On paper, the repeated guitarist for the Red Hot Chili Peppers writing a song in praise of the UK’s mid-90s frenzy and jungle shots might seem like an odd proposition, but John Frusciante has a lot of experience in this field. With more than a dozen albums staged and sung under his own name, he has released electronic music under his alias Trickfinger at a steady clip since the launch of the acid-house-inspired project. in 2015. Actually, this isn’t even the first electronic album he released this year: An EP and a third album as Trickfinger came out in March and June respectively. MayaHowever, it marks the first time he has released an electronic music album as John Frusciante.
The album came via Planet Mu offhoot Timesig, founded by lead breakcore artist Venetian Snares ̵1; whom Frusciante did on one of his earliest electronic excursions, collaborating as the Speed Dealer Moms. in 2010. It was named after and dedicated to the cat of Frusciante, who until her death. steadfast studio companion. Frusciante sees this intimate dedication as the reason to release the record under her own name; however, his own personal relationship to the frenetic sound he emulates and extrapolating here certainly has some effect. Previously, he said that while playing guitar with Chili Peppers, he aspired to make electronic music. In the early 2000s, he frequently walked through the woods in LA trying to enjoy a scene he felt went through him in the ’90s when he was writing multi-platinum funk rock with Keidis and colleague. This album definitely carries a sweat of nightclub formation experiences. When his Trickfinger products were determined by near-clinical cleanliness (although there was a considerable range of sounds that they clump together), he fixed the upper edges. Maya.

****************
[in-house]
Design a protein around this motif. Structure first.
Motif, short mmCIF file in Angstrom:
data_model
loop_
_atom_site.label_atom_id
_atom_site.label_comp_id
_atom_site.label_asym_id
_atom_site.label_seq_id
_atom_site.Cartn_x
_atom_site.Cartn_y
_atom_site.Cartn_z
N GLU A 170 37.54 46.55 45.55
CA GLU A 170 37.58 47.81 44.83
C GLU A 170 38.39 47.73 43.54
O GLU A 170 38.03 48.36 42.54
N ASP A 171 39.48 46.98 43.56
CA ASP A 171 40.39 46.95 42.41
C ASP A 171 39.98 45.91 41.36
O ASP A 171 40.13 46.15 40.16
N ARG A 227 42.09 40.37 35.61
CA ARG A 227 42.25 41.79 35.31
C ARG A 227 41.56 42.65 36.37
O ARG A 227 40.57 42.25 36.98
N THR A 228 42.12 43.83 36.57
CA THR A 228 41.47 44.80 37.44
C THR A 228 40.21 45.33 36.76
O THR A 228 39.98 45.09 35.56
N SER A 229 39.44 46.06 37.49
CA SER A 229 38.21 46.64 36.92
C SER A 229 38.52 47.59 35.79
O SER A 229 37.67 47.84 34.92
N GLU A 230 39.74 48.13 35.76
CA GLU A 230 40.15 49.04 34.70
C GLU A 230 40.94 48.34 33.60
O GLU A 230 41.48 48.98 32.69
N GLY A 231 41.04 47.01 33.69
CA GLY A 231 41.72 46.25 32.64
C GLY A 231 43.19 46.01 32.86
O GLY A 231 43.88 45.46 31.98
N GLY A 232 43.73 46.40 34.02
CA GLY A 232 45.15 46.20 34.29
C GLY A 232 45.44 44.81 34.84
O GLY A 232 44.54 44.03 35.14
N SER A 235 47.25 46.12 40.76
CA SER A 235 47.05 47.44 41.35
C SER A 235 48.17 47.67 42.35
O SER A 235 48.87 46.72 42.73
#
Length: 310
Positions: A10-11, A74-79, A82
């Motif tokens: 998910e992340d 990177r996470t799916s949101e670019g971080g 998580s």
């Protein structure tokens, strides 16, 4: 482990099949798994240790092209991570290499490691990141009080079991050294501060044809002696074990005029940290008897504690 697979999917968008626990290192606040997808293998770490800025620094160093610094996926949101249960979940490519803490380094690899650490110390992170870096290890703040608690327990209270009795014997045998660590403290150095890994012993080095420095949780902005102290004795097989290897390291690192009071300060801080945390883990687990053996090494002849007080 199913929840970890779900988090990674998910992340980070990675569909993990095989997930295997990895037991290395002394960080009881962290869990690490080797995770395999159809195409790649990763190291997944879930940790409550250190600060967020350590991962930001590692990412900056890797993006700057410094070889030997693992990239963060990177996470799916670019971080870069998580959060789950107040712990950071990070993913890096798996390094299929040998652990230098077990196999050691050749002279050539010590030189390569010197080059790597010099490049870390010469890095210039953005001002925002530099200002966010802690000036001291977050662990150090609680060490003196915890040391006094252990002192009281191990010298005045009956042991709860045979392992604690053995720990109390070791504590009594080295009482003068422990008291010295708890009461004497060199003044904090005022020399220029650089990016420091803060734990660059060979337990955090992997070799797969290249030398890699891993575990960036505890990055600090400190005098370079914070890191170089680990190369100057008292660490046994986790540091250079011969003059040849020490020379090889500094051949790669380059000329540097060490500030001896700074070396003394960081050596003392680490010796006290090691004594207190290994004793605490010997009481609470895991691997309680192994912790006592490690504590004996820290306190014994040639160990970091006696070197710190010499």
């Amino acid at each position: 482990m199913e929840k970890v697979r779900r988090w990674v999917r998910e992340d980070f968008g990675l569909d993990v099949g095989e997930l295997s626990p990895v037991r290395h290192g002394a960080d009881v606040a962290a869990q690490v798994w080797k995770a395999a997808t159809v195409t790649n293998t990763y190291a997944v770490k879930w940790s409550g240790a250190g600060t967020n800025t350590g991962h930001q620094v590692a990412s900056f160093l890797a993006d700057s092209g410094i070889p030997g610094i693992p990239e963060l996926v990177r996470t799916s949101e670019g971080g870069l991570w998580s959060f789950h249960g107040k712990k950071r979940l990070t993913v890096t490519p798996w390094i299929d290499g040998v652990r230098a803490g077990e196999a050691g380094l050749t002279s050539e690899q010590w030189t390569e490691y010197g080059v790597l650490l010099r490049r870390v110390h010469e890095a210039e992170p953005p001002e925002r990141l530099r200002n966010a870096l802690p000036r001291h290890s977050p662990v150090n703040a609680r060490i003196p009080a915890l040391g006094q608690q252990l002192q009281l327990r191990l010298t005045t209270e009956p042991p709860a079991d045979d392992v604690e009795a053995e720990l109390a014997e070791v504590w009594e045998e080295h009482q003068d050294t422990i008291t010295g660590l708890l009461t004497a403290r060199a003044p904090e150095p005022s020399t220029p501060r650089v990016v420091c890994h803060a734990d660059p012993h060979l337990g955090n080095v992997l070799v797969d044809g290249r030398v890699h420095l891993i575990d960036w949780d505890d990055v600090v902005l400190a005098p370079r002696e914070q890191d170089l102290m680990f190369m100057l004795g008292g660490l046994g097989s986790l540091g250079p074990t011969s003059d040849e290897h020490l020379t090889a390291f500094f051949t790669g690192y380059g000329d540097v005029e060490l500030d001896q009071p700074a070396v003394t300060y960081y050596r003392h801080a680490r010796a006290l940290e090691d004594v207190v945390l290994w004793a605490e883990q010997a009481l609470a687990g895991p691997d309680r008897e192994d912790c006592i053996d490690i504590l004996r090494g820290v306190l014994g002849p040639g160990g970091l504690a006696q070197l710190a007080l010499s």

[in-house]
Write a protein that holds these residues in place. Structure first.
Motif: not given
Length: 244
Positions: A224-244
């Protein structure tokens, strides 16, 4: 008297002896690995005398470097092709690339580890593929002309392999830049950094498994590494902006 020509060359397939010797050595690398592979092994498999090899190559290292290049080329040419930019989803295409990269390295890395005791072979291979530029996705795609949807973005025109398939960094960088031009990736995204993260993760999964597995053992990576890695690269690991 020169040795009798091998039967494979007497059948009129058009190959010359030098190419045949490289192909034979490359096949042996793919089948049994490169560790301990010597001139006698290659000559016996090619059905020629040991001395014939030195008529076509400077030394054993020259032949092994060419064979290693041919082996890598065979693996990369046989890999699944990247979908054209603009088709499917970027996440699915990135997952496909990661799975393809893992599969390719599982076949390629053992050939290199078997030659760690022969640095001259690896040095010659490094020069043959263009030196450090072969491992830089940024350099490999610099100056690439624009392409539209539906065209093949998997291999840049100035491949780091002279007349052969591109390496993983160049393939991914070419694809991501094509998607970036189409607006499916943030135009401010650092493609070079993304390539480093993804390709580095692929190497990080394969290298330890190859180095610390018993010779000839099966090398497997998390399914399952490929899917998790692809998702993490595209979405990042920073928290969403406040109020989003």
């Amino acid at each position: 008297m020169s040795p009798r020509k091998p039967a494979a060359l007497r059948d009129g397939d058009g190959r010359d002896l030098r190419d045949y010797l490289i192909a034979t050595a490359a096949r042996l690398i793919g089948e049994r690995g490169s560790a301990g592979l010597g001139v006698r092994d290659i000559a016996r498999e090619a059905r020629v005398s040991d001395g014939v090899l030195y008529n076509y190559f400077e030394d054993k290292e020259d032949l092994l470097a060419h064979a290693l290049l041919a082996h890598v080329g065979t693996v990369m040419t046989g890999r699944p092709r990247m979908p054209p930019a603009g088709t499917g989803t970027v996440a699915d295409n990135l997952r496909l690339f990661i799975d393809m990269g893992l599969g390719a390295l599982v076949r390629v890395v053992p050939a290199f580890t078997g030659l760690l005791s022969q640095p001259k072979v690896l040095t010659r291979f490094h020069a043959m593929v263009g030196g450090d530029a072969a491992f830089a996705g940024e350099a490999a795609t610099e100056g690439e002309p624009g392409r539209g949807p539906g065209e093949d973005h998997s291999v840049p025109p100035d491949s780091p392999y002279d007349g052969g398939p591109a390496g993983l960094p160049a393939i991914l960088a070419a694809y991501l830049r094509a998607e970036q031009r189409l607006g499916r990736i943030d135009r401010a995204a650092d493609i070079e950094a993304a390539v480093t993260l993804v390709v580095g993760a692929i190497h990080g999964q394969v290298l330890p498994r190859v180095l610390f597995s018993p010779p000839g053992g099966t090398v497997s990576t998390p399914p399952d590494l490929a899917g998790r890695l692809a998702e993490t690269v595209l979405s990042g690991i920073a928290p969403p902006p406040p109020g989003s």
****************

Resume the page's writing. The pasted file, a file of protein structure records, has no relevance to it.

The album fades as it progresses, from gently undulating breaks and a chic acidic bassline on the opening track “Brand E” to the elastic breakcore on “Zillion” and disintegrating concerts and “Anja Motherless” shattered drum set. Frusciante’s favorite Roland TB-303 – a misleading synthesizer synonymous with acid house and rave, and pivotal to those Trickfinger records – plays a supporting role as he plunges into flowery sampling and awarding Drama controls and releases. “Reach Out” immersed a 00s R&B staple in a hail of hail that paused between lull time and a double adrenaline shot. “Amethblowl” —the album’s main single and a standout cinematic piece — encapsulates the intricate tension at the heart of the recording, drawing out two minutes of malfunction traps and a majestic, repetitive bass. repeated, before a catastrophic cry for help caused the whole thing to collapse under a thunderous beating and deep bass.
Over the past half-decade, Frusciante has forged the more technical, hard-to-hear aspects of electronic music, giving you a new freedom of expression. Strongly developed melodies – such as the hypnotic scales of “Usbrup Pensul”, or the hilarious melee basslines of “Blind Aim” – give the album a blemish-motivating glee it moves forward with contagious renunciation. Perhaps more importantly, these touches also move Maya beyond the realm of admiration and into more valuable territory. The album features all the hallmarks of the era Frusciante apes, but offers engaging, thoughtful decor at every angle: A sudden retreat from the ballroom to the relaxation room midway through “Flying”; the g-funk soundtrack and sci-fi spike on “Pleasure Explanation.” In giving, this is as good a homage as any cat companion can hope for. The UK’s pink-dyed riders should also be honored.
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